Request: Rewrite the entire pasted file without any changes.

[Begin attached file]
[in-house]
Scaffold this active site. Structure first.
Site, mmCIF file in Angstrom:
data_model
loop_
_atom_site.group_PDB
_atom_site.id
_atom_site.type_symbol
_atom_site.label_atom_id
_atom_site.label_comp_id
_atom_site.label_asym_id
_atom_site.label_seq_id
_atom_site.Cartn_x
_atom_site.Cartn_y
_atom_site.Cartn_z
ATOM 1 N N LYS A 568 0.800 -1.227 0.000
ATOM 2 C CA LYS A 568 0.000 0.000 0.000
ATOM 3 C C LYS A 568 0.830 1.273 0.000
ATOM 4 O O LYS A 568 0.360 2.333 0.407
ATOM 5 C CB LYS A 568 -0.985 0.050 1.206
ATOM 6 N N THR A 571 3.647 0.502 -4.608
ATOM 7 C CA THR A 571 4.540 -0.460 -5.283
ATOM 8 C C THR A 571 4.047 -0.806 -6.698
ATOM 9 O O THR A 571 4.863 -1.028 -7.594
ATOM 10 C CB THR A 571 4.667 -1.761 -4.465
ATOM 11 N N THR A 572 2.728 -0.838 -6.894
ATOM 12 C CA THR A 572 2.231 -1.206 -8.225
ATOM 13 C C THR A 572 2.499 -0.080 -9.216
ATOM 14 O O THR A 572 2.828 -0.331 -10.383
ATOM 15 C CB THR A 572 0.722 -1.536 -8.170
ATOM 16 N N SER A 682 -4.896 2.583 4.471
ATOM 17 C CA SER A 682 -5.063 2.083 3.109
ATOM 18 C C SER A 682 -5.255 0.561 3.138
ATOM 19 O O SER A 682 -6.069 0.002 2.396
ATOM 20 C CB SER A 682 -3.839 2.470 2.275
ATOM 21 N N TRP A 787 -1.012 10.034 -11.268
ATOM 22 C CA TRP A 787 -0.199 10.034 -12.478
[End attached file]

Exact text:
[in-house]
Scaffold this active site. Structure first.
Site, mmCIF file in Angstrom:
data_model
loop_
_atom_site.group_PDB
_atom_site.id
_atom_site.type_symbol
_atom_site.label_atom_id
_atom_site.label_comp_id
_atom_site.label_asym_id
_atom_site.label_seq_id
_atom_site.Cartn_x
_atom_site.Cartn_y
_atom_site.Cartn_z
ATOM 1 N N LYS A 568 0.800 -1.227 0.000
ATOM 2 C CA LYS A 568 0.000 0.000 0.000
ATOM 3 C C LYS A 568 0.830 1.273 0.000
ATOM 4 O O LYS A 568 0.360 2.333 0.407
ATOM 5 C CB LYS A 568 -0.985 0.050 1.206
ATOM 6 N N THR A 571 3.647 0.502 -4.608
ATOM 7 C CA THR A 571 4.540 -0.460 -5.283
ATOM 8 C C THR A 571 4.047 -0.806 -6.698
ATOM 9 O O THR A 571 4.863 -1.028 -7.594
ATOM 10 C CB THR A 571 4.667 -1.761 -4.465
ATOM 11 N N THR A 572 2.728 -0.838 -6.894
ATOM 12 C CA THR A 572 2.231 -1.206 -8.225
ATOM 13 C C THR A 572 2.499 -0.080 -9.216
ATOM 14 O O THR A 572 2.828 -0.331 -10.383
ATOM 15 C CB THR A 572 0.722 -1.536 -8.170
ATOM 16 N N SER A 682 -4.896 2.583 4.471
ATOM 17 C CA SER A 682 -5.063 2.083 3.109
ATOM 18 C C SER A 682 -5.255 0.561 3.138
ATOM 19 O O SER A 682 -6.069 0.002 2.396
ATOM 20 C CB SER A 682 -3.839 2.470 2.275
ATOM 21 N N TRP A 787 -1.012 10.034 -11.268
ATOM 22 C CA TRP A 787 -0.199 10.034 -12.478